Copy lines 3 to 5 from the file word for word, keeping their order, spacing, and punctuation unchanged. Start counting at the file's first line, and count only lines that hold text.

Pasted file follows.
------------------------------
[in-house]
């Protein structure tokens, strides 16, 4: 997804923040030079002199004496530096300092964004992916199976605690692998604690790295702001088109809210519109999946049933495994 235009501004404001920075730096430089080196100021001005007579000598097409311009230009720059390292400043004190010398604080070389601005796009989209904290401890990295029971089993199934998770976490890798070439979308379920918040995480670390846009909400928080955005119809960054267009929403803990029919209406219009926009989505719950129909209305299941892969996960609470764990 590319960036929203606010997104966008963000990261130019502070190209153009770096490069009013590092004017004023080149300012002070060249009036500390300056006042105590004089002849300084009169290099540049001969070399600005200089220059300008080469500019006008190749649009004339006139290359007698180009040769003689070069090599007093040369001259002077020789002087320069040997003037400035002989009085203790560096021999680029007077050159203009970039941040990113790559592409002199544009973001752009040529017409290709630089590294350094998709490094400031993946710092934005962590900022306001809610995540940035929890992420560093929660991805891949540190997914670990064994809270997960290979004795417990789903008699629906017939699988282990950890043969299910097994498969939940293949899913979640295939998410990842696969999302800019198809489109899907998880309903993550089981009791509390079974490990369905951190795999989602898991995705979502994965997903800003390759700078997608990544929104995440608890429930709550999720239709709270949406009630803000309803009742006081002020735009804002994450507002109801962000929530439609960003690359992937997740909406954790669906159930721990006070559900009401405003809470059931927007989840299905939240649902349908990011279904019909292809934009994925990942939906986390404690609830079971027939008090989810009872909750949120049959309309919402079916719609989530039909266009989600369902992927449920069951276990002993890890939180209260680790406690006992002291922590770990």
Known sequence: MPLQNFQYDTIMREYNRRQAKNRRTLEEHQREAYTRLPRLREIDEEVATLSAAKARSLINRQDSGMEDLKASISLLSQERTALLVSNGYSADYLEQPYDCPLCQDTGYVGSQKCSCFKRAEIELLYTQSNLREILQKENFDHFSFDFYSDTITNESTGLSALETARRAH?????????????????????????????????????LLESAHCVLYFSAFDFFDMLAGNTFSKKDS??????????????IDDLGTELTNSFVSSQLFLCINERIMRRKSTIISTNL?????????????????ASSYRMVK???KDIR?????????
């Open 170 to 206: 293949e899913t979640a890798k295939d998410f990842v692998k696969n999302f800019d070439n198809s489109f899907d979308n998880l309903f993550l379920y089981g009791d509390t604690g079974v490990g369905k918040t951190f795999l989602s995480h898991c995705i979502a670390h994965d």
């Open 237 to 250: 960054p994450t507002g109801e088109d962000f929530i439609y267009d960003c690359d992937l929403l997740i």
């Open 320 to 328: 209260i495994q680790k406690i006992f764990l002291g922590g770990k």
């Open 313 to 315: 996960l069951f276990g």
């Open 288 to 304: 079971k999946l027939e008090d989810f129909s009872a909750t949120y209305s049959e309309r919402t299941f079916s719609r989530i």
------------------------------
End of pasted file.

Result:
Known sequence: MPLQNFQYDTIMREYNRRQAKNRRTLEEHQREAYTRLPRLREIDEEVATLSAAKARSLINRQDSGMEDLKASISLLSQERTALLVSNGYSADYLEQPYDCPLCQDTGYVGSQKCSCFKRAEIELLYTQSNLREILQKENFDHFSFDFYSDTITNESTGLSALETARRAH?????????????????????????????????????LLESAHCVLYFSAFDFFDMLAGNTFSKKDS??????????????IDDLGTELTNSFVSSQLFLCINERIMRRKSTIISTNL?????????????????ASSYRMVK???KDIR?????????
């Open 170 to 206: 293949e899913t979640a890798k295939d998410f990842v692998k696969n999302f800019d070439n198809s489109f899907d979308n998880l309903f993550l379920y089981g009791d509390t604690g079974v490990g369905k918040t951190f795999l989602s995480h898991c995705i979502a670390h994965d």
């Open 237 to 250: 960054p994450t507002g109801e088109d962000f929530i439609y267009d960003c690359d992937l929403l997740i």